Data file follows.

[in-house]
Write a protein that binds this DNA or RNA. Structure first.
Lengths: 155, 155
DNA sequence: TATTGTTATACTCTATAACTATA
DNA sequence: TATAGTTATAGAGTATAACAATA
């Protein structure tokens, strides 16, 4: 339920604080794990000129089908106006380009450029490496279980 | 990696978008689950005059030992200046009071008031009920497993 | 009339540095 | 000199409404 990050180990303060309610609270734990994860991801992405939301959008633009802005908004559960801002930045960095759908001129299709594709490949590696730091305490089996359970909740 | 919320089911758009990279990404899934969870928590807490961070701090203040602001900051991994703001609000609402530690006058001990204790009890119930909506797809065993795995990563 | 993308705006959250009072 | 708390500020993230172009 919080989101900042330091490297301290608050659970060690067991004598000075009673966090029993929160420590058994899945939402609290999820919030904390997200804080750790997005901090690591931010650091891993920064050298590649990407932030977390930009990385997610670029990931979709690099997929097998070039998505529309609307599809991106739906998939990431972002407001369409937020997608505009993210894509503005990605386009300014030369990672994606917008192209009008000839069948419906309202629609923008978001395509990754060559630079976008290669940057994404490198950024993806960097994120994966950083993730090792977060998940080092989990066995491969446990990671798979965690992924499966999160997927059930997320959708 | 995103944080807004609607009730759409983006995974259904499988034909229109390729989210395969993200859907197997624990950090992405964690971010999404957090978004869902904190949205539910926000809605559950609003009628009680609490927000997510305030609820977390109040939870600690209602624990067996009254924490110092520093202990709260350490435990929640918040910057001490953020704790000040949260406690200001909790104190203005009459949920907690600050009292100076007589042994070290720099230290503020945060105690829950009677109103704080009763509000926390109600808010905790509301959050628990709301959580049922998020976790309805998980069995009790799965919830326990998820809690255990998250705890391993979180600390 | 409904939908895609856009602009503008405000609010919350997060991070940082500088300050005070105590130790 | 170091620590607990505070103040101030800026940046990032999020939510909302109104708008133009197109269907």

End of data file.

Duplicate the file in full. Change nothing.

[in-house]
Write a protein that binds this DNA or RNA. Structure first.
Lengths: 155, 155
DNA sequence: TATTGTTATACTCTATAACTATA
DNA sequence: TATAGTTATAGAGTATAACAATA
């Protein structure tokens, strides 16, 4: 339920604080794990000129089908106006380009450029490496279980 | 990696978008689950005059030992200046009071008031009920497993 | 009339540095 | 000199409404 990050180990303060309610609270734990994860991801992405939301959008633009802005908004559960801002930045960095759908001129299709594709490949590696730091305490089996359970909740 | 919320089911758009990279990404899934969870928590807490961070701090203040602001900051991994703001609000609402530690006058001990204790009890119930909506797809065993795995990563 | 993308705006959250009072 | 708390500020993230172009 919080989101900042330091490297301290608050659970060690067991004598000075009673966090029993929160420590058994899945939402609290999820919030904390997200804080750790997005901090690591931010650091891993920064050298590649990407932030977390930009990385997610670029990931979709690099997929097998070039998505529309609307599809991106739906998939990431972002407001369409937020997608505009993210894509503005990605386009300014030369990672994606917008192209009008000839069948419906309202629609923008978001395509990754060559630079976008290669940057994404490198950024993806960097994120994966950083993730090792977060998940080092989990066995491969446990990671798979965690992924499966999160997927059930997320959708 | 995103944080807004609607009730759409983006995974259904499988034909229109390729989210395969993200859907197997624990950090992405964690971010999404957090978004869902904190949205539910926000809605559950609003009628009680609490927000997510305030609820977390109040939870600690209602624990067996009254924490110092520093202990709260350490435990929640918040910057001490953020704790000040949260406690200001909790104190203005009459949920907690600050009292100076007589042994070290720099230290503020945060105690829950009677109103704080009763509000926390109600808010905790509301959050628990709301959580049922998020976790309805998980069995009790799965919830326990998820809690255990998250705890391993979180600390 | 409904939908895609856009602009503008405000609010919350997060991070940082500088300050005070105590130790 | 170091620590607990505070103040101030800026940046990032999020939510909302109104708008133009197109269907």